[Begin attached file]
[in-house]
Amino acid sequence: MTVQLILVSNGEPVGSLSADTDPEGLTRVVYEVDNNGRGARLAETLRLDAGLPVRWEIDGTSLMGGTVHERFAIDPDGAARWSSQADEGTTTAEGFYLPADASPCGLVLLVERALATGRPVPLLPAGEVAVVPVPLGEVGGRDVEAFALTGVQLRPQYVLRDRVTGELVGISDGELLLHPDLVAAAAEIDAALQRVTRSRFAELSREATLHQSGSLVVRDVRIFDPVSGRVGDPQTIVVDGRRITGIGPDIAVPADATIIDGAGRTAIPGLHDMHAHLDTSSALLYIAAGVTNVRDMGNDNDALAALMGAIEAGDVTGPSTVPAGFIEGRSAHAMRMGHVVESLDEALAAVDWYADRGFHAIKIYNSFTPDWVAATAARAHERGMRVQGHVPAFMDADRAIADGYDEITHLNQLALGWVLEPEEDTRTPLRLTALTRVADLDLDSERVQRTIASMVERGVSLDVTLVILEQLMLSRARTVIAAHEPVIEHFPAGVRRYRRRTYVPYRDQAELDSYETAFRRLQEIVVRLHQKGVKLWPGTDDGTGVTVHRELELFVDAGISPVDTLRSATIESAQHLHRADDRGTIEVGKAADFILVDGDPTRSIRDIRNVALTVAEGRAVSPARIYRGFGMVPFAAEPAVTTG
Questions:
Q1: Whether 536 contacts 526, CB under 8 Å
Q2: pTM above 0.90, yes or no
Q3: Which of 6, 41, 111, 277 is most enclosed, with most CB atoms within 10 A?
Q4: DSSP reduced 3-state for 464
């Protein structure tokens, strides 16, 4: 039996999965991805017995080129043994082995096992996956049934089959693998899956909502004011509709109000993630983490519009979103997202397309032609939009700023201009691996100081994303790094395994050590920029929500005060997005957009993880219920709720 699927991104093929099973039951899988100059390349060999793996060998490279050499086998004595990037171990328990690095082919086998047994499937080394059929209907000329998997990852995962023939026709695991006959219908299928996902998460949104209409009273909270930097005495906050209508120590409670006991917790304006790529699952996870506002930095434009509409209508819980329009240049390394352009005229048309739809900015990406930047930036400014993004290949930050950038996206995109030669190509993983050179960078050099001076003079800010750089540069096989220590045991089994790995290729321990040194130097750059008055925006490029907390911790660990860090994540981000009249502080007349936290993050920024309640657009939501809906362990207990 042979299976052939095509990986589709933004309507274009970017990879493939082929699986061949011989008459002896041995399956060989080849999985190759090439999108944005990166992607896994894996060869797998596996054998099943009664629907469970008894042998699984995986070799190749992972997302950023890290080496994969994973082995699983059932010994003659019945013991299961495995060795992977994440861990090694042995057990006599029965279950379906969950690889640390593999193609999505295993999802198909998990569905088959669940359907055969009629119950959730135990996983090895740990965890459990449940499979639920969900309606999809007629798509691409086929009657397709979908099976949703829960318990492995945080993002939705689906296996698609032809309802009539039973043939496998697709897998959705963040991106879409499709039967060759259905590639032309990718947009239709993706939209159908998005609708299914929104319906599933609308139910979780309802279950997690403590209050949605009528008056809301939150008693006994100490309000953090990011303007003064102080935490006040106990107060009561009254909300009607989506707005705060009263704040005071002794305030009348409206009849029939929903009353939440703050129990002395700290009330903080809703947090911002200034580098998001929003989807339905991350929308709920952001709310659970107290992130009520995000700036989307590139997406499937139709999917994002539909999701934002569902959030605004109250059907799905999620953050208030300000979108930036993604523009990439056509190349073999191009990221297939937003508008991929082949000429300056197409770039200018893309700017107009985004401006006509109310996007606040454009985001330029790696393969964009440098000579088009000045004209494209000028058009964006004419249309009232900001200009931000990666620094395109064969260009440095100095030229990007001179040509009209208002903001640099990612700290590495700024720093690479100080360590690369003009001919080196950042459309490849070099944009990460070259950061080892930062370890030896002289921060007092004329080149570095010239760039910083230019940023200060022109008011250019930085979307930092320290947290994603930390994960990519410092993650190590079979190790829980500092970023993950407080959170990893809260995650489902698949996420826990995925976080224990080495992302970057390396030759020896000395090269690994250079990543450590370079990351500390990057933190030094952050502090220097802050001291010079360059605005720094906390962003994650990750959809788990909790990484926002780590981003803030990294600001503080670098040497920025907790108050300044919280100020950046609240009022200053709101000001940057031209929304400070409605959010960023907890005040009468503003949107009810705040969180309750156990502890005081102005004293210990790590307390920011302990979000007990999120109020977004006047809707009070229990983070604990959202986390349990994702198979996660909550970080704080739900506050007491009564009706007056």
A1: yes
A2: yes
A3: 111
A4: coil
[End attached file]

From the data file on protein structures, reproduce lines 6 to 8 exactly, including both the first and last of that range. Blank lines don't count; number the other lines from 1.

Q3: Which of 6, 41, 111, 277 is most enclosed, with most CB atoms within 10 A?
Q4: DSSP reduced 3-state for 464
């Protein structure tokens, strides 16, 4: 039996999965991805017995080129043994082995096992996956049934089959693998899956909502004011509709109000993630983490519009979103997202397309032609939009700023201009691996100081994303790094395994050590920029929500005060997005957009993880219920709720 699927991104093929099973039951899988100059390349060999793996060998490279050499086998004595990037171990328990690095082919086998047994499937080394059929209907000329998997990852995962023939026709695991006959219908299928996902998460949104209409009273909270930097005495906050209508120590409670006991917790304006790529699952996870506002930095434009509409209508819980329009240049390394352009005229048309739809900015990406930047930036400014993004290949930050950038996206995109030669190509993983050179960078050099001076003079800010750089540069096989220590045991089994790995290729321990040194130097750059008055925006490029907390911790660990860090994540981000009249502080007349936290993050920024309640657009939501809906362990207990 042979299976052939095509990986589709933004309507274009970017990879493939082929699986061949011989008459002896041995399956060989080849999985190759090439999108944005990166992607896994894996060869797998596996054998099943009664629907469970008894042998699984995986070799190749992972997302950023890290080496994969994973082995699983059932010994003659019945013991299961495995060795992977994440861990090694042995057990006599029965279950379906969950690889640390593999193609999505295993999802198909998990569905088959669940359907055969009629119950959730135990996983090895740990965890459990449940499979639920969900309606999809007629798509691409086929009657397709979908099976949703829960318990492995945080993002939705689906296996698609032809309802009539039973043939496998697709897998959705963040991106879409499709039967060759259905590639032309990718947009239709993706939209159908998005609708299914929104319906599933609308139910979780309802279950997690403590209050949605009528008056809301939150008693006994100490309000953090990011303007003064102080935490006040106990107060009561009254909300009607989506707005705060009263704040005071002794305030009348409206009849029939929903009353939440703050129990002395700290009330903080809703947090911002200034580098998001929003989807339905991350929308709920952001709310659970107290992130009520995000700036989307590139997406499937139709999917994002539909999701934002569902959030605004109250059907799905999620953050208030300000979108930036993604523009990439056509190349073999191009990221297939937003508008991929082949000429300056197409770039200018893309700017107009985004401006006509109310996007606040454009985001330029790696393969964009440098000579088009000045004209494209000028058009964006004419249309009232900001200009931000990666620094395109064969260009440095100095030229990007001179040509009209208002903001640099990612700290590495700024720093690479100080360590690369003009001919080196950042459309490849070099944009990460070259950061080892930062370890030896002289921060007092004329080149570095010239760039910083230019940023200060022109008011250019930085979307930092320290947290994603930390994960990519410092993650190590079979190790829980500092970023993950407080959170990893809260995650489902698949996420826990995925976080224990080495992302970057390396030759020896000395090269690994250079990543450590370079990351500390990057933190030094952050502090220097802050001291010079360059605005720094906390962003994650990750959809788990909790990484926002780590981003803030990294600001503080670098040497920025907790108050300044919280100020950046609240009022200053709101000001940057031209929304400070409605959010960023907890005040009468503003949107009810705040969180309750156990502890005081102005004293210990790590307390920011302990979000007990999120109020977004006047809707009070229990983070604990959202986390349990994702198979996660909550970080704080739900506050007491009564009706007056």